When an entity ontologically depends on another entity, the former 'presupposes' or 'requires' the latter in some metaphysical sense. This paper defends a novel view, Dependence Deflationism, according to which ontological dependence is what I call an aggregative cluster concept: a concept which can be understood, but not fully analysed, as a 'weighted total' of constructive (roughly: mereological in the broadest possible sense) and modal relations. The view has several benefits: it accounts for clear cases of ontological dependence as well as the source of disagreement in controversial ones; it gives a nice story about the evidential relevance of modal, mereological and set-theoretic facts to ontological dependence; and it makes sense of debates over the relation's formal properties. One important upshot of the deflationary account is that questions of ontological dependence are generally less deep and less interesting than usually thought.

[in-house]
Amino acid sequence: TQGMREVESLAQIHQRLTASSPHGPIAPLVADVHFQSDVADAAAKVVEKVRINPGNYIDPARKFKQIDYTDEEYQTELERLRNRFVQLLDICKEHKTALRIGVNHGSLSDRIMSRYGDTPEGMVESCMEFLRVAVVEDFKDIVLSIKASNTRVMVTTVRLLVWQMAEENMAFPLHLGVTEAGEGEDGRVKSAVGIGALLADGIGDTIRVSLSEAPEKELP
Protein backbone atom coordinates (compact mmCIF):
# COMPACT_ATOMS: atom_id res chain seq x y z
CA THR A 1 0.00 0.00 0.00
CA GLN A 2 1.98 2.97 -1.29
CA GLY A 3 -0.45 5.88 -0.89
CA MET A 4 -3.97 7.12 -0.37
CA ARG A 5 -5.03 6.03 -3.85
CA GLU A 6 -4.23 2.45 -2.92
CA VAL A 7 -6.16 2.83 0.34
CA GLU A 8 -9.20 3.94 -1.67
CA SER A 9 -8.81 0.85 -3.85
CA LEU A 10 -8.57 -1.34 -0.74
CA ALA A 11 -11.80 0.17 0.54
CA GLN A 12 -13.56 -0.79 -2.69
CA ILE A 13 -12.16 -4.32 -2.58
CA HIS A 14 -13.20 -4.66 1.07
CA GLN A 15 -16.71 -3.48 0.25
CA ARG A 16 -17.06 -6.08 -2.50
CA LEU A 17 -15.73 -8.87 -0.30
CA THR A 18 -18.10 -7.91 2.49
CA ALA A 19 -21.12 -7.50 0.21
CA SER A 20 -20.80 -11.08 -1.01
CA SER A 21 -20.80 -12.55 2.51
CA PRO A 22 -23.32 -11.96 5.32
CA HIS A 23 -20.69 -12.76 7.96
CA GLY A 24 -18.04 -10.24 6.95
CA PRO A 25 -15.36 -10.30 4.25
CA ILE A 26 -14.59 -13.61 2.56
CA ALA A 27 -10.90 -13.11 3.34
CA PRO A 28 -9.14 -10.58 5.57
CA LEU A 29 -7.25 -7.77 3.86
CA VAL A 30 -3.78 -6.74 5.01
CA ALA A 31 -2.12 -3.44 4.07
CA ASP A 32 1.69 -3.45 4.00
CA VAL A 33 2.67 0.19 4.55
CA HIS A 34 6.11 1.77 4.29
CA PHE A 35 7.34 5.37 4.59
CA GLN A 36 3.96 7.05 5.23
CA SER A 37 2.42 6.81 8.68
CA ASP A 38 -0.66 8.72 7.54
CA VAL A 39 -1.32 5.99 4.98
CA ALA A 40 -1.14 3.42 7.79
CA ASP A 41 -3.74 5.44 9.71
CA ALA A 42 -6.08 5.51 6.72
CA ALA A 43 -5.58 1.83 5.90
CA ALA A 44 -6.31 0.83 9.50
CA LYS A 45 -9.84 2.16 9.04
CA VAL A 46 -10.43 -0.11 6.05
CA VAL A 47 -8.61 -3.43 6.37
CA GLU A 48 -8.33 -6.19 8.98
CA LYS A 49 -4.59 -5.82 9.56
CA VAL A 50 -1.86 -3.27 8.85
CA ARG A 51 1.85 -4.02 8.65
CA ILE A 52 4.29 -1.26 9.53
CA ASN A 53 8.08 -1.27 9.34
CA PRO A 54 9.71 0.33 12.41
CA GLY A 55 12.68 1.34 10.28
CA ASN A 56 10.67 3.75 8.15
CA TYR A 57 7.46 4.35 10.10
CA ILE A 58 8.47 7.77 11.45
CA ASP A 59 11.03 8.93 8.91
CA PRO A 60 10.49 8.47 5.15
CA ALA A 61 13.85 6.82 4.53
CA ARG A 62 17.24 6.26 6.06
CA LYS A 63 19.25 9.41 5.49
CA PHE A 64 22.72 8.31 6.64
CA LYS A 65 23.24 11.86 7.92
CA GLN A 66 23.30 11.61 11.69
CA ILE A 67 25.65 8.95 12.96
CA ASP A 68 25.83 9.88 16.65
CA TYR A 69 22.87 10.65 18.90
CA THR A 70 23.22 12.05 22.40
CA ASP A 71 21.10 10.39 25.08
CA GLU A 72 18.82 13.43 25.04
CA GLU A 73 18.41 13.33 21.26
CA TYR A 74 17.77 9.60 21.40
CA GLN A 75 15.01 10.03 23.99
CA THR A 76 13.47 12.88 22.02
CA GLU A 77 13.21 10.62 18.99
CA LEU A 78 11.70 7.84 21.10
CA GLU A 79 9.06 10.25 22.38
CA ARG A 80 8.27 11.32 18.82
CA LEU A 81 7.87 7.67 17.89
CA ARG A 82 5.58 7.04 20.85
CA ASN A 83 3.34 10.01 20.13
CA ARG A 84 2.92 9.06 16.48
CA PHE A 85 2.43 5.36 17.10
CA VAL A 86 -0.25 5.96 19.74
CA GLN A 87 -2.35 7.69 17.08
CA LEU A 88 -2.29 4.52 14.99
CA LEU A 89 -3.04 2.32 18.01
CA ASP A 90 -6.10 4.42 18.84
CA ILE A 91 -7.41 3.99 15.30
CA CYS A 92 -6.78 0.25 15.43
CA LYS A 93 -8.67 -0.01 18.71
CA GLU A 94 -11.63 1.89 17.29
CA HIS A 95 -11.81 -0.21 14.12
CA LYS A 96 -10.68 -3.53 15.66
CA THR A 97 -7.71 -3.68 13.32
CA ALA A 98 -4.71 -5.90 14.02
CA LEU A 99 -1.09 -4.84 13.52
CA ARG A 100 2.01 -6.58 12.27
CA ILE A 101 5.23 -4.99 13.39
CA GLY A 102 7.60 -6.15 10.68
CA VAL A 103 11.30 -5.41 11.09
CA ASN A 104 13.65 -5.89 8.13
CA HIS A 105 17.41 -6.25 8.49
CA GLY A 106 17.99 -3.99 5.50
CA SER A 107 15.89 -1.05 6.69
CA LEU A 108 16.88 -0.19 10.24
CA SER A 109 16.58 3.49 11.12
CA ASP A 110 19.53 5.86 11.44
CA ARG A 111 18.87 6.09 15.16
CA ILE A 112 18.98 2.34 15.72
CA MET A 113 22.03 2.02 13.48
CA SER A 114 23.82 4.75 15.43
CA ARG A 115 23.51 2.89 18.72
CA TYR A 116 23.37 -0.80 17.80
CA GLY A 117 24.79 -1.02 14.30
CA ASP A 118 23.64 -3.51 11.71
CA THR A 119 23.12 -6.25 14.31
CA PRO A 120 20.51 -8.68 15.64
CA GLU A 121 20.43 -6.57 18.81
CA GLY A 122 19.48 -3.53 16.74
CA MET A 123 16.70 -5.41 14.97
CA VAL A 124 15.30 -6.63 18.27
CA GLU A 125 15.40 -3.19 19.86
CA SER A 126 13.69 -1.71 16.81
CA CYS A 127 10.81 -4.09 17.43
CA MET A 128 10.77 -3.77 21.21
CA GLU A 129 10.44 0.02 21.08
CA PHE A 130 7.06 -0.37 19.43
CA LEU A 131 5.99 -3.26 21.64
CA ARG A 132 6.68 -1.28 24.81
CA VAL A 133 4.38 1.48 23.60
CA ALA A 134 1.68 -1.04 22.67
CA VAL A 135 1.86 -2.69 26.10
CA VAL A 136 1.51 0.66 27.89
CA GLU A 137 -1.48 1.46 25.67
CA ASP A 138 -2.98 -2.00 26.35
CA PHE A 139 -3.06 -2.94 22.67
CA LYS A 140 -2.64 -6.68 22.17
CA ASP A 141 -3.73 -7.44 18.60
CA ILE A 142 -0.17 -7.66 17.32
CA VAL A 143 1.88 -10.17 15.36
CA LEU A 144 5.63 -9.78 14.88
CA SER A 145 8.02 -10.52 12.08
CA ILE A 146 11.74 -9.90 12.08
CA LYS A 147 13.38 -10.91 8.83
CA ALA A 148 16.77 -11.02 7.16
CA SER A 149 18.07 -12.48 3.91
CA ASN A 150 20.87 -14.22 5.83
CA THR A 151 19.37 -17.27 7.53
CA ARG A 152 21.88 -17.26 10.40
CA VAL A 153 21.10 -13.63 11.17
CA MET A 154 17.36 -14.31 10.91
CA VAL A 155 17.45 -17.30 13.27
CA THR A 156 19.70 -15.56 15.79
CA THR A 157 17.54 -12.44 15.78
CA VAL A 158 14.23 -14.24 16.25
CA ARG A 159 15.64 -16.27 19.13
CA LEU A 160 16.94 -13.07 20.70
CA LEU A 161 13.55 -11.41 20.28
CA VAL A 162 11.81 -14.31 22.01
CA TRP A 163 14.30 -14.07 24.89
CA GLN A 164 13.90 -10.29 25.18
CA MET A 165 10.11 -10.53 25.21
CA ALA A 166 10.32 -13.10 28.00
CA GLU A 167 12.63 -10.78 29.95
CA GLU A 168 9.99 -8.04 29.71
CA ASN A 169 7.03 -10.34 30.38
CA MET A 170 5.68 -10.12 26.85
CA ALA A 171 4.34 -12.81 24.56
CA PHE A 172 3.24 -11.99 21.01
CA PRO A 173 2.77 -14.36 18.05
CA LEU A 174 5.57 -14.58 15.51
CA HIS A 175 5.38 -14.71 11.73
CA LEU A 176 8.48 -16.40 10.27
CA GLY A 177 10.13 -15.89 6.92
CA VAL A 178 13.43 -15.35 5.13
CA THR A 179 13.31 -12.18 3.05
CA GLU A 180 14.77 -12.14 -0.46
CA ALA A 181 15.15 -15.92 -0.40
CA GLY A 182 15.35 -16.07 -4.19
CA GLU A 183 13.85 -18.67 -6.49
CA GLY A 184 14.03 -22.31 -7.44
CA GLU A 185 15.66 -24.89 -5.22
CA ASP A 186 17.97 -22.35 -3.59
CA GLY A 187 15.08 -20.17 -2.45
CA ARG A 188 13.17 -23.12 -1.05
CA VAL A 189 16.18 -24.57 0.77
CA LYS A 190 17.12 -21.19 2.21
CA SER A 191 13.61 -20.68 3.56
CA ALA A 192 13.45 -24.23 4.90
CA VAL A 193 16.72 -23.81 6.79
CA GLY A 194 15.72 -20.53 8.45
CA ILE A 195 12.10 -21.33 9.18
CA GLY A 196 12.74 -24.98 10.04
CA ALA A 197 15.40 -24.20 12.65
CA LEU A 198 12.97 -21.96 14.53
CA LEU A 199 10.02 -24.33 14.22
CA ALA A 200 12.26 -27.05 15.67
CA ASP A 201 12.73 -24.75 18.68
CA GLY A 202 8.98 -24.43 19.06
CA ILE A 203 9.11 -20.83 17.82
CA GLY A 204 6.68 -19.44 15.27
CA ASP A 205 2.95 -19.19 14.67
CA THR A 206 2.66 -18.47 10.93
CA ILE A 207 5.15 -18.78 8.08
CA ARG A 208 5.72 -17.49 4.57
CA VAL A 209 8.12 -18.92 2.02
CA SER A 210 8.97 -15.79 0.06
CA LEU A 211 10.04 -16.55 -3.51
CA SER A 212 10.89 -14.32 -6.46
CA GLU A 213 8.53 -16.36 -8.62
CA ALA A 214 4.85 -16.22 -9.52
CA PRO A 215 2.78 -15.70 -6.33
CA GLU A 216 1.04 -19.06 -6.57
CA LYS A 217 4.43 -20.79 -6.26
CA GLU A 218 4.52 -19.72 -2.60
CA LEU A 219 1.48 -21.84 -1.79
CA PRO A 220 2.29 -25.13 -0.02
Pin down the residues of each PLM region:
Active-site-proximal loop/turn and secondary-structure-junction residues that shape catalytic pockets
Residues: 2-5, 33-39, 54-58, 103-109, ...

- Cluster concepts
- Deflationary ontology
- Ontological dependence
- Symmetric dependence
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